From my experiences as an attorney with the Law Office of Bryan Fagan, PLLC here are five items to think about as you ponder this subject in conjunction with a divorce:

 

Family may be more important to your child’s long term development than remaining in the same school.

 

All things being equal it may be ideal to have your children remain in their same school after a divorce in order to avoid the sort of disruptions and uncertainties that we have already discussed.

 

However, if a move has been made necessary as part of a divorce, or if you simply believe it to be in the best interests of your children, then it is not wrong to push forward towards changing schools. While your self confidence may be a little damaged as a result of your divorce you need to remember that you have the duty to act in what you believe to be your child’s best interests.

Change is sometimes what your child needs

 

While there is a great deal to be said for maintaining the security and familiarity of your children’s school it could be that making the move to a new school is actually what your child needs right now. Their old school may be a reminder of their old life- for good and bad.

 

A change of scenery may allow your child to grow and develop in an environment where there are no preconceived notions about their family or their past.

 

Listen to your child

 

Obviously if your child is extremely young or has other factors in play that limit their ability to present an opinion about the situation then please take this piece of advice with a grain of salt. On the other hand, listening to the opinions of your children on what to do may be a good thing for you.

 

After all, the decision will impact them the most of anyone. While you ultimately will make the decision, simply asking your children their opinion can help them to feel involved in the process and that what they say matters to you. During a time in their lives where they may feel ignored or inconsequential the simple feeling of being heard can make a tremendous difference to them and to your family as a whole.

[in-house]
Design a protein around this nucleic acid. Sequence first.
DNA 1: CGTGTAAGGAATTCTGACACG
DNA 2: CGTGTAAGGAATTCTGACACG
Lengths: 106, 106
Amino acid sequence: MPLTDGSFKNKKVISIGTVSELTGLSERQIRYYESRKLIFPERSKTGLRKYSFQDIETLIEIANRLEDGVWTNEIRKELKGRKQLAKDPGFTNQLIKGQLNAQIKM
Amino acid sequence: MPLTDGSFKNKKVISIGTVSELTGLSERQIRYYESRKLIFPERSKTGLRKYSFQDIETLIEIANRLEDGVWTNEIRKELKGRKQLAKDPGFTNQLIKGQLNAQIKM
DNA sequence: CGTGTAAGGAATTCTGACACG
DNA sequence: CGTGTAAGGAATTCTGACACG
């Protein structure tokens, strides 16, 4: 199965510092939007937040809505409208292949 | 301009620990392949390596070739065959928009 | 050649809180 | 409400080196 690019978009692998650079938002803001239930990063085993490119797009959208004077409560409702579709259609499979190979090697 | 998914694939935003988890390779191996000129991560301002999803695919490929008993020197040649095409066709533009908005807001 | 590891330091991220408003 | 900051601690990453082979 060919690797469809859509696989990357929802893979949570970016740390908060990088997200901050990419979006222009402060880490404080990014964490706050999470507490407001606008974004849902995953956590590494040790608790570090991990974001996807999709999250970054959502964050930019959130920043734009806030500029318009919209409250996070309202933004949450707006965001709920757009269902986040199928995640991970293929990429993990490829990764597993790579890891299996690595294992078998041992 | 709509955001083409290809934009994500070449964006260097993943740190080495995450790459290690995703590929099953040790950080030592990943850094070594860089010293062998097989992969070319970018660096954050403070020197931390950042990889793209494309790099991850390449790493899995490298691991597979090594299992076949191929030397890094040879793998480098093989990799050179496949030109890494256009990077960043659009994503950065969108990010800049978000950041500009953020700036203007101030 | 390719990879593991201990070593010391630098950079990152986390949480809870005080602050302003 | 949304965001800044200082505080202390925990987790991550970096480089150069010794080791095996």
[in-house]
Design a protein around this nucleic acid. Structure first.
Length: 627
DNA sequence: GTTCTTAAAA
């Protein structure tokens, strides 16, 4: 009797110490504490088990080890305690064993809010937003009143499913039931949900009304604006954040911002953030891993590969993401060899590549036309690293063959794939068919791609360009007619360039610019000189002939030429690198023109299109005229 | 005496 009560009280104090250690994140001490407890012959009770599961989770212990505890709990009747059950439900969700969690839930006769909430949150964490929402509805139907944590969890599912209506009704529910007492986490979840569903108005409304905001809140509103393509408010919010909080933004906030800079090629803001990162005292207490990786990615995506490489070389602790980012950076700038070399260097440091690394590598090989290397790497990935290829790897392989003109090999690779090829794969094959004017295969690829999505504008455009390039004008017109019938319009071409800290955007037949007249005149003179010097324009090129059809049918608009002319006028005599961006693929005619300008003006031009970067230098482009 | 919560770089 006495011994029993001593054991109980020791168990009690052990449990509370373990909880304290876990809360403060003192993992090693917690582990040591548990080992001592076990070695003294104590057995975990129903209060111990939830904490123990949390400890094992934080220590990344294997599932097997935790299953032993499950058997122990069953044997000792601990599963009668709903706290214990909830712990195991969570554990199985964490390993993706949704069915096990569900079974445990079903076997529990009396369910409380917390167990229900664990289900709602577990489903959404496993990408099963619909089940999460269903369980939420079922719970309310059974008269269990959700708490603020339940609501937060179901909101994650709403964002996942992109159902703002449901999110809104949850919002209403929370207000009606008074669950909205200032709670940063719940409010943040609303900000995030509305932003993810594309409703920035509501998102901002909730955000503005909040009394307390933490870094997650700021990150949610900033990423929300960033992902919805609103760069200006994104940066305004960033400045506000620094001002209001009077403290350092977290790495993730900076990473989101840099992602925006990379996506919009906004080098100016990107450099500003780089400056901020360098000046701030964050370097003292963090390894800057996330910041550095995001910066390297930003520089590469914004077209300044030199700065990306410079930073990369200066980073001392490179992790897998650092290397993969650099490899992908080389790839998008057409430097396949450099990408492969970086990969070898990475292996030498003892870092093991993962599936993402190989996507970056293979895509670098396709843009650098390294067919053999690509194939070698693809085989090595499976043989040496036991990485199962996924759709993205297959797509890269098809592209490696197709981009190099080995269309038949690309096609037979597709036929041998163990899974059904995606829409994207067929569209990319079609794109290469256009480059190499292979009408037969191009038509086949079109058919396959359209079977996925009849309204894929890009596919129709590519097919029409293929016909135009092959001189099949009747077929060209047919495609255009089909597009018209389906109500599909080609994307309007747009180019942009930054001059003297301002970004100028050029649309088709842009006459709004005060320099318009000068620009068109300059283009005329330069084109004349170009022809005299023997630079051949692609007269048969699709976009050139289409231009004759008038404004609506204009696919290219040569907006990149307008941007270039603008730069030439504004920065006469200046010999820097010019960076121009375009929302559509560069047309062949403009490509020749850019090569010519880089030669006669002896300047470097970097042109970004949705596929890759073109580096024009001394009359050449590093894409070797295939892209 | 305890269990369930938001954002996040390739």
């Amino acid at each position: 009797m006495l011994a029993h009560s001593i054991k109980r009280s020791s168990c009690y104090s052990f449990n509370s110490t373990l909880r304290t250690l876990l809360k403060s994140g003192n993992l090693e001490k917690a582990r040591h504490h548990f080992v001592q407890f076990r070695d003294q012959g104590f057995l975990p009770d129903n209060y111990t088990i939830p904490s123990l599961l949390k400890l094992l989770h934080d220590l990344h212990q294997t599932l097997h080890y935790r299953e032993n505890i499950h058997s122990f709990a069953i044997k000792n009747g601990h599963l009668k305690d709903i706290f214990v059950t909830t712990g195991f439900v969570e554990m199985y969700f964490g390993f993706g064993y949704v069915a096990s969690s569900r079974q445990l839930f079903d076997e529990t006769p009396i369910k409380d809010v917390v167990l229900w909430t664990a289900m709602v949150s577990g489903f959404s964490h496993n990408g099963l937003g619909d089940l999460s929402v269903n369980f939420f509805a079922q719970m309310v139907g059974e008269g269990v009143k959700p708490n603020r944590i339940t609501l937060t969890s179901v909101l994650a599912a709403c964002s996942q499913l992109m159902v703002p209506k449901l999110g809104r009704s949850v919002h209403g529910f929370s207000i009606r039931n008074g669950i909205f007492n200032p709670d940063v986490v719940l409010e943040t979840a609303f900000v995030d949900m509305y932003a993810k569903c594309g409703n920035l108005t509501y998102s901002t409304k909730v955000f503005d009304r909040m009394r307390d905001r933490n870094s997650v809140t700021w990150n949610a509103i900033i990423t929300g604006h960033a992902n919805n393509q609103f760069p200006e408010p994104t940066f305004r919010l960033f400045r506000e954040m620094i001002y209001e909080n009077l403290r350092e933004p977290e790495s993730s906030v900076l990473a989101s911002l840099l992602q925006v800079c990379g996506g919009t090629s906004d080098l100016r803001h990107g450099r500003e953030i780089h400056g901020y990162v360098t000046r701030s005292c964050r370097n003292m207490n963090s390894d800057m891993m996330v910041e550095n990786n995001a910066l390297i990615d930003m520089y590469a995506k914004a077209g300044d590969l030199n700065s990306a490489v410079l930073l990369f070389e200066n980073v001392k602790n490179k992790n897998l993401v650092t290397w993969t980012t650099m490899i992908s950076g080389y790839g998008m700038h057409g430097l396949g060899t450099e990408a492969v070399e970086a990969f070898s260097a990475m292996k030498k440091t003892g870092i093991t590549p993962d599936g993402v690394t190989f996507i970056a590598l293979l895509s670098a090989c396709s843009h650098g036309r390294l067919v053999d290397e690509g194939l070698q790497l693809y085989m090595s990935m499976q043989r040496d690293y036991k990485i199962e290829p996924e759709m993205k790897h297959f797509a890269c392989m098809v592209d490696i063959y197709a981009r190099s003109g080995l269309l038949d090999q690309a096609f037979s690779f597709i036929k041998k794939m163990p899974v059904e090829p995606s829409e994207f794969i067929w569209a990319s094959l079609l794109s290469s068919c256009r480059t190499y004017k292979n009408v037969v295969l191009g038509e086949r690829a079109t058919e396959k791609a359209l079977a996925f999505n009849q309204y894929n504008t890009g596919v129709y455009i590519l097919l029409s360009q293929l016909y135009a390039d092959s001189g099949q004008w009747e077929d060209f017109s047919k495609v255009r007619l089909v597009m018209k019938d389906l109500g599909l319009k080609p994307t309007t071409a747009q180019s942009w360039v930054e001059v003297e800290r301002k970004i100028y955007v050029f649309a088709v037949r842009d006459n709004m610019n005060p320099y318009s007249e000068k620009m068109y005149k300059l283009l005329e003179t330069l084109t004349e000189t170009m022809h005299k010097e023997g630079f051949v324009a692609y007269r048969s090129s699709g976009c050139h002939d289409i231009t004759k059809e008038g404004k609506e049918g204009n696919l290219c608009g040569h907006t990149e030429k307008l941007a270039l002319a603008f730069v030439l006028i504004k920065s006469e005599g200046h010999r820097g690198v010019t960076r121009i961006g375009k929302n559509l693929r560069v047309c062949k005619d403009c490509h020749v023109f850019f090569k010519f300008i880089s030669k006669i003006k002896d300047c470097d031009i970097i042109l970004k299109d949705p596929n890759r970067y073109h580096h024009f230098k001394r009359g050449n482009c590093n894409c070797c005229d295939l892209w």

The bottom line: each family is different and you need to listen to help make decisions

 

After a long divorce it is easy to feel as if your patience for cooperating with others has worn thin. It’s most likely that you’ve negotiated long and hard with your ex spouse on a divorce settlement that neither of you are 100% happy with.

 

However, now is not the time to stop listening to your family’s concerns and thoughts. This includes your children. As adults we can become blind to the needs of our children during stressful or traumatic times. One way to ensure that we make good decisions is to open our ears and eyes to what is happening around us. Taking in as much information as possible and then applying what we’ve learned will result in a better decision than shutting off the world and relying only on your own perceptions to make a decision.

 

Questions on post-divorce life? Contact the Law Office of Bryan Fagan, PLLC

 

The Woodlands Divorce Attorney: The time to think about your life after a divorce is after the paperwork has been signed off on by the judge, but before a divorce has even been filed. The attorneys with the Law Office of Bryan Fagan, PLLC are experienced in counseling clients in all areas of family law and divorce. If you are interested in learning more about our office please do not hesitate to contact us today for a free of charge consultation with one of our licensed family law attorneys ... Continue Reading

Divorce Lawyer in Spring TX

July 26, 2019 by Bryan Joseph  

If you want to related guideline confidentiality Texas Child Law experience, So you can better suggestions in What is the procedure for an adult to change their name in Texas?

 

Family Lawyers in Houston: Clients of the Law Office of Bryan Fagan, PLLC will often time request that their name be changed after a divorce has been finalized. If you are interested in learning more about divorce in Texas and would like to have your name changed as well, then this blog post is for you.

 

The Texas Family Code allows a person to change their name after a divorce but only to a name that you have used previously. At the final hearing in your case known as a “prove up” you will be asked either by your attorney or by the judge whether or not the purpose of the name change request is to evade creditors or otherwise make yourself harder for someone to track down. As long as your motivation is not something illegal then you will most likely be granted the name change.